2021 Ducati Multistrada V4 S tested

The new wind-tunnel optimized windscreen is very good at blocking the wind, letting you cruise at 80-90 mph all day with less wind noise and fatigue. In the high position, it drew the wind well over my head and the only place I could notice wind pushing on me was at the shoulders. This is the bike you want to take when you need to crush some serious miles.

Adjusting the heated grips and heated seat were the only things that seemed a bit cumbersome on the TFT interface, but when activated, they did let off an enormous amount of heat. I didn’t have a Bluetooth headset set up on my helmet to get audio navigation or music, but the map on the dash worked excellent. However, my bike did have a glitch with the software that wouldn’t allow it to exit the map mode unless you unplugged the phone. Perhaps it was a bad USB cable or some software bug on my bike, but the other riders in the group seemed to have no issues.

Radar System 

To understand the true value of the Adaptive Cruise Control, you really have to use it. When Ducati initially explained how it worked and gave us some testing scenarios, my eyes kind of glossed over and I figured I’d have to ask them to re-explain everything again later. But its operation turned out to be pretty simple.

Once we got on a long straight, the lead rider held a steady 60 mph and I set my ACC to 80 mph, just like I would with any other traditional electronic Cruise Control system. As I got close to the lead rider, my ACC gradually and smoothly slowed me down to 60 mph as it detected the motorcycle in front of me. The system uses engine braking mostly to slow you down, but it can smoothly apply the brakes as well if necessary. With my thumb switches, I could adjust the distance to the vehicle within 60-80 meters or so, enough of a safe distance where you can override things if needed.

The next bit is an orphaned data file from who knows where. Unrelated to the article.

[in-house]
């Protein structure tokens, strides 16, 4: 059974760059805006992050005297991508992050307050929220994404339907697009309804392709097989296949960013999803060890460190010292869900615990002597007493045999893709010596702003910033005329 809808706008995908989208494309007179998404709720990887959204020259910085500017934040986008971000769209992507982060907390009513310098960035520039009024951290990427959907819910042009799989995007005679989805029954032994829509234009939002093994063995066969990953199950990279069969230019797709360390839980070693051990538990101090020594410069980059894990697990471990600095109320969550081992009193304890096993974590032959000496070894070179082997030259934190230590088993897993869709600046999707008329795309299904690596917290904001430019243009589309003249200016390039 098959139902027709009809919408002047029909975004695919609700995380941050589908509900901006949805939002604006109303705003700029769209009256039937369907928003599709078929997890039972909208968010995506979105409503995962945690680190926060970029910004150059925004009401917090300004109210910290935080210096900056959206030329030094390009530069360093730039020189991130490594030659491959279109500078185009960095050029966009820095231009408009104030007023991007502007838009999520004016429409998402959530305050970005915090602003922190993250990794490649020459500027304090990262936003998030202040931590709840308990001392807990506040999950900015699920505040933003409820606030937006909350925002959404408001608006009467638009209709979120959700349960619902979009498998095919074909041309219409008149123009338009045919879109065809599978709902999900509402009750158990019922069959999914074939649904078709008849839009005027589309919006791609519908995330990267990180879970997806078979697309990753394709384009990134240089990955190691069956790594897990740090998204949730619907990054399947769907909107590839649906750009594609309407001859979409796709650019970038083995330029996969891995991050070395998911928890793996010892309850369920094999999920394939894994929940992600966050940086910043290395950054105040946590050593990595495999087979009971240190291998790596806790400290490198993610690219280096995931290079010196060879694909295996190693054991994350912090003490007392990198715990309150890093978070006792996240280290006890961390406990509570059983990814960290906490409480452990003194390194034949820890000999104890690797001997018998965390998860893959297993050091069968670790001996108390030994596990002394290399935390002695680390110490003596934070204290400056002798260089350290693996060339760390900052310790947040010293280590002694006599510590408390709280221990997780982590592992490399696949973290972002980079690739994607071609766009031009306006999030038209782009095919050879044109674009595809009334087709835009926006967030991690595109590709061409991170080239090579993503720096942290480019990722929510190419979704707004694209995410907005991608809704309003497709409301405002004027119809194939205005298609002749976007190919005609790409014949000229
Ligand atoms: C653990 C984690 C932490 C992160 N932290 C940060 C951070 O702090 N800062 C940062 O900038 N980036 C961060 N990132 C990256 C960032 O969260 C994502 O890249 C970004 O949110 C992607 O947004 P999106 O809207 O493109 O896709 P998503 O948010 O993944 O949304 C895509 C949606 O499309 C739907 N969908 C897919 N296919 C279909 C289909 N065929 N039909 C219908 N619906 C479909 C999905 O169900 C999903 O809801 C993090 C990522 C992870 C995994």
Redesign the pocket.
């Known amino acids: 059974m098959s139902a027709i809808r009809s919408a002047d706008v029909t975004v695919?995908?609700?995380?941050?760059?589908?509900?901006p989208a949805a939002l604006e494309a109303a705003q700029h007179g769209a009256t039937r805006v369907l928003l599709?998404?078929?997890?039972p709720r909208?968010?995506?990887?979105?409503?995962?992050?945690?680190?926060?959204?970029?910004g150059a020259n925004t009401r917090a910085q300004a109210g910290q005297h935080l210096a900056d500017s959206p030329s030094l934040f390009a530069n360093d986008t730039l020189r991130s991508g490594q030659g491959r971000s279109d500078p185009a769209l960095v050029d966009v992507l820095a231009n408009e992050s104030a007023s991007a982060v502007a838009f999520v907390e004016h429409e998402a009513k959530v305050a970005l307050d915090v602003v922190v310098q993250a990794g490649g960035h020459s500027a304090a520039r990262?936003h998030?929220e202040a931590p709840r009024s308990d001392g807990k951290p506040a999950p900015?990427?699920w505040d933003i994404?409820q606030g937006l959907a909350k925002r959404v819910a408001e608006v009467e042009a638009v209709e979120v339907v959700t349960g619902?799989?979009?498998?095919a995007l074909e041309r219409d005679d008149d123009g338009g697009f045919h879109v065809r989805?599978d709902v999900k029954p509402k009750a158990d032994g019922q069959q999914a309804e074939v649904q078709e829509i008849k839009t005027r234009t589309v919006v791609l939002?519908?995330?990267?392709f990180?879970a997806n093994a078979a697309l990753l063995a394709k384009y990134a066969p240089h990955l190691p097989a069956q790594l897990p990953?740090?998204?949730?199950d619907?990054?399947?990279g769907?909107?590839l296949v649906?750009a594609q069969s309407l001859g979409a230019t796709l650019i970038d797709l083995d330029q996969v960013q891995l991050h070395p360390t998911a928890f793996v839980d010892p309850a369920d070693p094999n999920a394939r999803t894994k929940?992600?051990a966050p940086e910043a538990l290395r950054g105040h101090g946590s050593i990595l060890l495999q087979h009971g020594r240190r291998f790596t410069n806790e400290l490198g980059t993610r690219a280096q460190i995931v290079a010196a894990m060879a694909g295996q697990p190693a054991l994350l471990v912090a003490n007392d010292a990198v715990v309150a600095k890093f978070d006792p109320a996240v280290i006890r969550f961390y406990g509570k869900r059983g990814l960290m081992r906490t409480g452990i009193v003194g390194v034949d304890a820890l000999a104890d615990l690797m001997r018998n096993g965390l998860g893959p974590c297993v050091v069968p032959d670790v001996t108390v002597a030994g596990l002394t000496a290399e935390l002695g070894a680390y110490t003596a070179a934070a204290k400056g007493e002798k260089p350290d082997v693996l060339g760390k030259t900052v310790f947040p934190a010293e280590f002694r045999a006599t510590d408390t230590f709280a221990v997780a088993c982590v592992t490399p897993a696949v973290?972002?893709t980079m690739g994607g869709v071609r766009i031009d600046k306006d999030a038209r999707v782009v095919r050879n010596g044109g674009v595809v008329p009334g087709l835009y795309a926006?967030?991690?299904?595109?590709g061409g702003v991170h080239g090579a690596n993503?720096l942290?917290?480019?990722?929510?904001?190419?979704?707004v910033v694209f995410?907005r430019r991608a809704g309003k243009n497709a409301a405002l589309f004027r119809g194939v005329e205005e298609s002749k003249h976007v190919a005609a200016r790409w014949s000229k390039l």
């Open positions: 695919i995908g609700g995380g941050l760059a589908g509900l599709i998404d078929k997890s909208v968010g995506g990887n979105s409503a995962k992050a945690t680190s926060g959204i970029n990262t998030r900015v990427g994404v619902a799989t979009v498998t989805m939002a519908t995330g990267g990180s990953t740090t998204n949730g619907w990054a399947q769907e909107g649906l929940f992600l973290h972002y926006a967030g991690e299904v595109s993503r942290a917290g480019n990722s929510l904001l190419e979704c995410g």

2021 Ducati Multistrada V4 S tested
The Adaptive Cruise Controls system adjusts your speed to match the vehicle in front of you, while maintaining a safe distance.

In order to overtake a vehicle, I just put my turn signal on, which notifies the ACC you are about to pass. As I pulled out into the open left lane, the radar detects a clear path and starts to accelerate smoothly up to 80 mph again. If you are in too low a gear (or too high), it will alert you to shift with a blinking yellow light on the dash. Once it achieves your set speed, it stays at that speed until you reach the next slow-moving vehicle in your path.

With typical passing and following scenarios, it worked brilliantly, even around turns in the highway. I tried out a few non-typical scenarios as well, like ‘not’ putting on my turn signal to pass. This just caused it to take longer to sense that you had a clear lane in front of you, but it would eventually overtake the vehicle. I also tried jumping back in behind the slow-moving vehicle abruptly while it was being overtaken, to see if it would detect it again and slow me down. It did sometimes, but often I had to intervene and hit the brakes before colliding with the rider in front of me. It’s still a new system so you can’t completely trust it in every scenario. But this is the beginning of a whole new world of autonomous driving tech. 

2021 Ducati Multistrada V4 S tested
BSD alerts you when another vehicle enters your blind spot with a bright orange light integrated into the mirrors, appearing on the side the vehicle is approaching from.